The University Bookman

 
 

Volume 10, Number 2 (Winter 1970)

Contents

Best of the Bookman 16 September 2012
Dos Passos: A Reassessment
by Richard F. Hill
In this “Best of the Bookman” essay from 1970, novelist Richard Hill offers a reappraisal of the writings of John Dos Passos, whose work always returns to “the dream of the little man, the small farmer and worker who wants to be free from centralization and tyranny.”

A “conservative character [is] suspicious of doctrinaire alteration, respectful toward history, preferring variety over uniformity, acknowledging a moral order composed of human persons, not of mere political and economic atoms subservient to the state.”

Russell Kirk, A Program for Conservatives, 1954

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Bookman Contributors Elsewhere

Francis Sempa reviews The Generals in the Spring 2018 issue of Army History.

Matthew Robare reports for ISI on a recent conference held at Harvard on Christianity and liberalism, featuring Bookman contributor Adrian Vermeule.

Gracy Olmstead in The New York Times on whether localism can save American politics.

Michael Dirda writes on why ancient literature still matters and mentions frequent reviewer and University Bookman guest speaker A. M. Juster.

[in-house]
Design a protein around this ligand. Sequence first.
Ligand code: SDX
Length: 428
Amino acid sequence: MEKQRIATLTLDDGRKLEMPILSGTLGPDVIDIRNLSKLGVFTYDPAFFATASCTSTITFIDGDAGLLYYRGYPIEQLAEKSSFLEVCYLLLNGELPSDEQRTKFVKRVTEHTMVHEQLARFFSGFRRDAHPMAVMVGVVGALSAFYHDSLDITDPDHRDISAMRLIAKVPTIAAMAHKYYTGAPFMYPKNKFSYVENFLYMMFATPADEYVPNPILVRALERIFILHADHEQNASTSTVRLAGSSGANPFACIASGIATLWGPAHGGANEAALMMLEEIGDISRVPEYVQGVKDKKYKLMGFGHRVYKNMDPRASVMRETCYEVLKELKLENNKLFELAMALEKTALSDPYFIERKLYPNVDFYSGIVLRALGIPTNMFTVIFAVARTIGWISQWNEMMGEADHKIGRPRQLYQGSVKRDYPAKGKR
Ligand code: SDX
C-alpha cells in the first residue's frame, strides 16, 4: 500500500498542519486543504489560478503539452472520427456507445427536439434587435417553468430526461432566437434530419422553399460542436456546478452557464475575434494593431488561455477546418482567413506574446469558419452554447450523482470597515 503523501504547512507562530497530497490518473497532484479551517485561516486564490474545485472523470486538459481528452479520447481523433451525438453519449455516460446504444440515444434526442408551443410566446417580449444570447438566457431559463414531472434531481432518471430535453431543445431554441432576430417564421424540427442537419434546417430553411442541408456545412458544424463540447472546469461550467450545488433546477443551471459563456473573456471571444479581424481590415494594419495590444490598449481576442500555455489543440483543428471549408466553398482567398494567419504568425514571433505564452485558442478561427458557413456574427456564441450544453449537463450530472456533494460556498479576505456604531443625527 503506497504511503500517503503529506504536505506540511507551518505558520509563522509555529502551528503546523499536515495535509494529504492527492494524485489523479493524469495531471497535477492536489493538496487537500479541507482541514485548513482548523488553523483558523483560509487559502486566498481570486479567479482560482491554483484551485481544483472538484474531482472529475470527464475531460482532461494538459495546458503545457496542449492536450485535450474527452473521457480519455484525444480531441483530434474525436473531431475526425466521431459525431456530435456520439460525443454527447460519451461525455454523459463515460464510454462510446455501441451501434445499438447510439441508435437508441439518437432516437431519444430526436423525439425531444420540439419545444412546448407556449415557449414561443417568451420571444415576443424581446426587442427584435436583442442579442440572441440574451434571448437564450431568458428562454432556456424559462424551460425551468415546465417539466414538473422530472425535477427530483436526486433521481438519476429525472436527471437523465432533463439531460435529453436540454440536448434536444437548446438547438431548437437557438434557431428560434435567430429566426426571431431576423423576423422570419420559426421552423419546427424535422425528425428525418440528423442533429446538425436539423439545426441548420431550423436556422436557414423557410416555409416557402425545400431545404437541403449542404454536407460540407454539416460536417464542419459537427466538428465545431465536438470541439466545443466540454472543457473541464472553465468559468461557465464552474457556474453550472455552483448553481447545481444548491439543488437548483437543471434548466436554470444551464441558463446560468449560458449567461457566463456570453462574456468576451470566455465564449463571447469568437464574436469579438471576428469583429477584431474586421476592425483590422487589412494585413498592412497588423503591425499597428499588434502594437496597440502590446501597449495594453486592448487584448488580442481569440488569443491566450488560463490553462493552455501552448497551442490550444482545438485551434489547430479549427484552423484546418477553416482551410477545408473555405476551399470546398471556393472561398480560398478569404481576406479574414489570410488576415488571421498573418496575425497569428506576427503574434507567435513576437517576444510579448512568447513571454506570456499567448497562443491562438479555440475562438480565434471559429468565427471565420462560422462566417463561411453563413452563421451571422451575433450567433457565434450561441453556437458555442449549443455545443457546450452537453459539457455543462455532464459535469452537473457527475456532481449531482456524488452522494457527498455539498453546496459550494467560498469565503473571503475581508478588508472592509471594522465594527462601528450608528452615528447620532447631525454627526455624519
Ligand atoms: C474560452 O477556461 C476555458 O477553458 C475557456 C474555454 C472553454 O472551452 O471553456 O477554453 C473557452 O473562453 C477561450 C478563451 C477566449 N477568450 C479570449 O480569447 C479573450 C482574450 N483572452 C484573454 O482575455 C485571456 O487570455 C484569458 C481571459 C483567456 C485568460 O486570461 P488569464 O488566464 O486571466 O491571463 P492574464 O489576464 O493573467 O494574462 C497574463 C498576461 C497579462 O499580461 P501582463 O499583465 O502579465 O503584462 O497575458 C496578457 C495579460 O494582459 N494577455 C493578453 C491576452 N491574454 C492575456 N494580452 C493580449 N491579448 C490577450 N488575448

Grant Havers on George Hawley’s new book on the “alt-right.”

Jesse Merriam has a long review of Stephen Presser’s casebook on the history of law teaching, parts of which first appeared in The University Bookman, in Constitutional Commentary.

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News

We are pleased to announce the release of The University Bookman on Edmund Burke, now available for Kindle. Collecting 21 reviews, essays, and interviews from the Bookman on the life and thought of Edmund Burke, this book is only $2.99, and purchases support our ongoing work to provide an imaginative defense of the Permanent Things. (3 Mar 2015)

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